Saudi Arabian, already seeing millions of Muslim pilgrims flock to its kingdom each year, is now planning to attract more conventional tourists in the near future. Prince Sultan bin Salman, head of the Saudi tourism and national heritage commission, said that Saudi Arabia plans to issue its first ever tourist visas in 2018.
In an interview with CNNMoney’s Richard Quest, the Prince stated that Saudi Arabia plans on targeting “people who want to literally experience this country.” The Prince also said that the country has also identified Saudi tourists, who are seeping outside the country, as their primary targets.
Saudi visas are currently restricted only to people traveling for work or to visit one of Saudi Arabia’s holy sites. According to a report made by the Ministry of Haj and Umrah of the Kingdom of Saudi Arabia, over 23 million pilgrims visited the Grand Mosque in Mecca in 2016 alone, with more than 8 million of them being tourists.
Attracting tourists is a crucial part of Crown Prince Mohammed bin Salman’s Vision 2030 plan, in which he seeks to decrease the kingdom’s dependence on oil. According to CNN, Saudi Arabia aims to increase its tourist visits to 30 million a year by 2030 and wants its annual tourism spending to hit the $47 billion mark by 2020.
During an interview with CNNMoney, Prince Sultan bin Salman said that Saudi Arabia already hosts some of the best infrastructures for transportation and the hospitality industry and that it is prepared for a significantly increased influx of tourists.
However, despite the Prince’s claims that the country is fully prepared for a new age in its tourism industry, several highly ambitious projects have been announced in the past few months.
The first in line was the plan to build holiday resorts on about 100 miles of Saudi Arabia’s Red Sea coastline, as well as to open a Six Flags theme park south-west of the capital Riyadh by 2022.
Crown Prince Mohammed bin Salman also announced plans to build a $500 billion metropolis that will spread across three countries, making the country a leader in building sustainable tech-hub cities.
A country with a notoriously barren entertainment landscape, Saudi Arabia has seen more than a million of its citizens visit Dubai this year alone. Seeing the amount of money being spent by tourists in neighboring countries, broadening its entertainment content to appease to its natives seems like a logical way to decrease the country’s reliance on oil.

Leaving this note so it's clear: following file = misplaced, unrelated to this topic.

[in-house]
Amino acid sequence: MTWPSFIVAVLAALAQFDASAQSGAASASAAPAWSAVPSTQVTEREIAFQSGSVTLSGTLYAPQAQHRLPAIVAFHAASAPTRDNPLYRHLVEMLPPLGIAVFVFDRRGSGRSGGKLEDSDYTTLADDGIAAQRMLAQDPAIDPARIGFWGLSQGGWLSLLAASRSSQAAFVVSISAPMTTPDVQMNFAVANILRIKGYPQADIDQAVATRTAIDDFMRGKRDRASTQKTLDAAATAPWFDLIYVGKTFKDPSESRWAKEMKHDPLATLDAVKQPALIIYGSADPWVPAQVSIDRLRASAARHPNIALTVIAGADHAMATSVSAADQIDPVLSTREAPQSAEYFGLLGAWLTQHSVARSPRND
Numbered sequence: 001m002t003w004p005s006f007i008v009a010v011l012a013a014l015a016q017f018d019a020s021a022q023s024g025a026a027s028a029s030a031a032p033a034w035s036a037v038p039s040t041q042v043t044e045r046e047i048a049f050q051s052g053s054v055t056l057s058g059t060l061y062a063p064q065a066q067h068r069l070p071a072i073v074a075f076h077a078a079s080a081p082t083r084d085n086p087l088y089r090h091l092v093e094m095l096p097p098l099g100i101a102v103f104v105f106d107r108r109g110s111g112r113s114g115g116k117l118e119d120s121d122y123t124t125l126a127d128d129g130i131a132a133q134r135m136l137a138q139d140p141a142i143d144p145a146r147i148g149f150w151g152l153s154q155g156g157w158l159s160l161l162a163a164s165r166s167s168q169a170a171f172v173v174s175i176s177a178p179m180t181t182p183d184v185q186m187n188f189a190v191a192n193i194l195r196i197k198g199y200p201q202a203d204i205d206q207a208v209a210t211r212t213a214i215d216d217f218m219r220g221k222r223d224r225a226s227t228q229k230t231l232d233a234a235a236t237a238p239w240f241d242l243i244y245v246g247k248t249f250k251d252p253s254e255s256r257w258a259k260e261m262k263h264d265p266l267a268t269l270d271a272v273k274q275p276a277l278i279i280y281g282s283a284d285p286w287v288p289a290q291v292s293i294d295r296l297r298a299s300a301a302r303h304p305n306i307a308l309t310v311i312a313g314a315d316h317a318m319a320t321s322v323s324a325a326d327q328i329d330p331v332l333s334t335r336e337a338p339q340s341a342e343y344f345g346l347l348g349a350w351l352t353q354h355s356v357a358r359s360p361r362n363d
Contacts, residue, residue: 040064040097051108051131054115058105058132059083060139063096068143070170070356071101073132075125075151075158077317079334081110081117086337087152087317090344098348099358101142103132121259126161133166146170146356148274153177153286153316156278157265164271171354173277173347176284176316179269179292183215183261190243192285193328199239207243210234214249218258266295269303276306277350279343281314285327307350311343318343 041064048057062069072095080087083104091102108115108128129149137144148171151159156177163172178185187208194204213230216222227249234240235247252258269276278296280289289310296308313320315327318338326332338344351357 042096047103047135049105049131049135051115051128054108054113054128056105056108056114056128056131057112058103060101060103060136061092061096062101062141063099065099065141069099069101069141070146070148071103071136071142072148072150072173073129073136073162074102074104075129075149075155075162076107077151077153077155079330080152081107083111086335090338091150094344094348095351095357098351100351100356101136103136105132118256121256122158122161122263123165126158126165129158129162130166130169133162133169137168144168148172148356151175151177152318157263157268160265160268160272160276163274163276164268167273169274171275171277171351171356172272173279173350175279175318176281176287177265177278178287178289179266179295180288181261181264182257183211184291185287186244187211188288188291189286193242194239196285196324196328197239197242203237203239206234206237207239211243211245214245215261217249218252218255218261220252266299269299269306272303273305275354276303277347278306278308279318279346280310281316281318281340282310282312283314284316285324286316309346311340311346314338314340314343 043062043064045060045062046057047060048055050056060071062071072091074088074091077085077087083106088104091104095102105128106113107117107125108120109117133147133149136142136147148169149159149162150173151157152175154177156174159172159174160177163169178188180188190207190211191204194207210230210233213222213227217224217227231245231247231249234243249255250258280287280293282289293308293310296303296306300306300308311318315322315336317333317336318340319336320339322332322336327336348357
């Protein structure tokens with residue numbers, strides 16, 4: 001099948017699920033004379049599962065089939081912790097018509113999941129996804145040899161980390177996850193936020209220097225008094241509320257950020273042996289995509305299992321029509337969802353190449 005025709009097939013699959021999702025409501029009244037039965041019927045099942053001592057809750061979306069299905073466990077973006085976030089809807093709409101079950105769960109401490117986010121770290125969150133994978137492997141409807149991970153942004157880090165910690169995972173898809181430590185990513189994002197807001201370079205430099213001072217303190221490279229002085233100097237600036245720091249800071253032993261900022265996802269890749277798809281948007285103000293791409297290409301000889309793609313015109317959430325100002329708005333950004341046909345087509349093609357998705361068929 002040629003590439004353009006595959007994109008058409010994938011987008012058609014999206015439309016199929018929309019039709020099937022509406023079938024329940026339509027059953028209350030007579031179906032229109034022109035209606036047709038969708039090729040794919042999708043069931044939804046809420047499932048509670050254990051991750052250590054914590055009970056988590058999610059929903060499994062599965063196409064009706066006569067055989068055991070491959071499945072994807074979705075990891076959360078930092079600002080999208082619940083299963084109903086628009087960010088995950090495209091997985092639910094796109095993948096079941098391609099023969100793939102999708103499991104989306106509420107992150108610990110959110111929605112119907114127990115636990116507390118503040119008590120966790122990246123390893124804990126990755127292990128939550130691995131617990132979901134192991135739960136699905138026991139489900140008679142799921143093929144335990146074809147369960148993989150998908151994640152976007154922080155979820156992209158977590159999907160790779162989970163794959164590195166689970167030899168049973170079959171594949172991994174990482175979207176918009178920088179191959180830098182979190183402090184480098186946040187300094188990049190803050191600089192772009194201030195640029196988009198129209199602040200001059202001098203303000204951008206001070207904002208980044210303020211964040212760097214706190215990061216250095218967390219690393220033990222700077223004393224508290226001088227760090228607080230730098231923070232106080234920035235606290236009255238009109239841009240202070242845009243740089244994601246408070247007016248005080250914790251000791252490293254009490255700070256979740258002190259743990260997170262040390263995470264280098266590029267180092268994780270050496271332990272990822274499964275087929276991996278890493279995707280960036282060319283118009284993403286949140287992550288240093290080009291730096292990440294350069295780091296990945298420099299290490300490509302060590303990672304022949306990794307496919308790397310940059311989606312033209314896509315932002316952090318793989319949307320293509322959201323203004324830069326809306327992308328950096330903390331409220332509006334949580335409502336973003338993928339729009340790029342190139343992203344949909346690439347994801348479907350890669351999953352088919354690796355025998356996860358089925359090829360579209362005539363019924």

Saudi kingdom’s tourism potential might be out-shined by its unstable security situation
In spite of the efforts Saudi officials are putting into promoting its tourism industry, security still remains one of the biggest challenges the kingdom faces.
The U.S. State Department issued a new travel warning Tuesday, warning American citizens “to carefully consider the risks of travel to Saudi Arabia.” CNN also reported the State Department cited terrorist groups, most notably ISIS, as well as frequent missile attacks from Yemeni rebels on Saudi civilians as the main threats to the safety of people visiting Saudi Arabia.
“Terrorist threats persist throughout Saudi Arabia, including in major cities such as Riyadh, Jeddah, and Dhahran, and attacks can occur without warning anywhere in the country,” the State Department said.
Another thing that contributes to the aversion foreigners hold against Saudi Arabia are the strict Islamic rules regarding gender segregation and dress codes. Uncertainty on how to act while visiting the kingdom’s holy sites vastly contributes to both Europeans and Americans feeling unwelcome.
The lack of entertainment attractions also doesn’t help Saudi Arabia appeal to tourists. With its first-ever public concert held last year and only being reserved for men, visitors rarely come to the kingdom for fun.
However, Crown Prince Mohammed bin Salman’s modernization efforts might remove some of the stigma associated with traveling to Saudi Arabia. Allowing women to drive and attend sporting venues have already put the kingdom on a path to become a more moderate society.
Nikola Kosutic, a senior research manager at Euromonitor, said that if Saudi Arabia manages to craft smart promotional campaigns addressing some of the perceived security issues, it could, in theory, tap into a vast regional travel market as well as capture some of the European travelers.
We are yet to see how much impact on its foreign visitors the new tourist visas will have. However, Saudi’s domestic tourism industry is bound to see a significant increase in the following months, potentially making way for tourists from other Arab nations to put Saudi Arabia on their vacation list.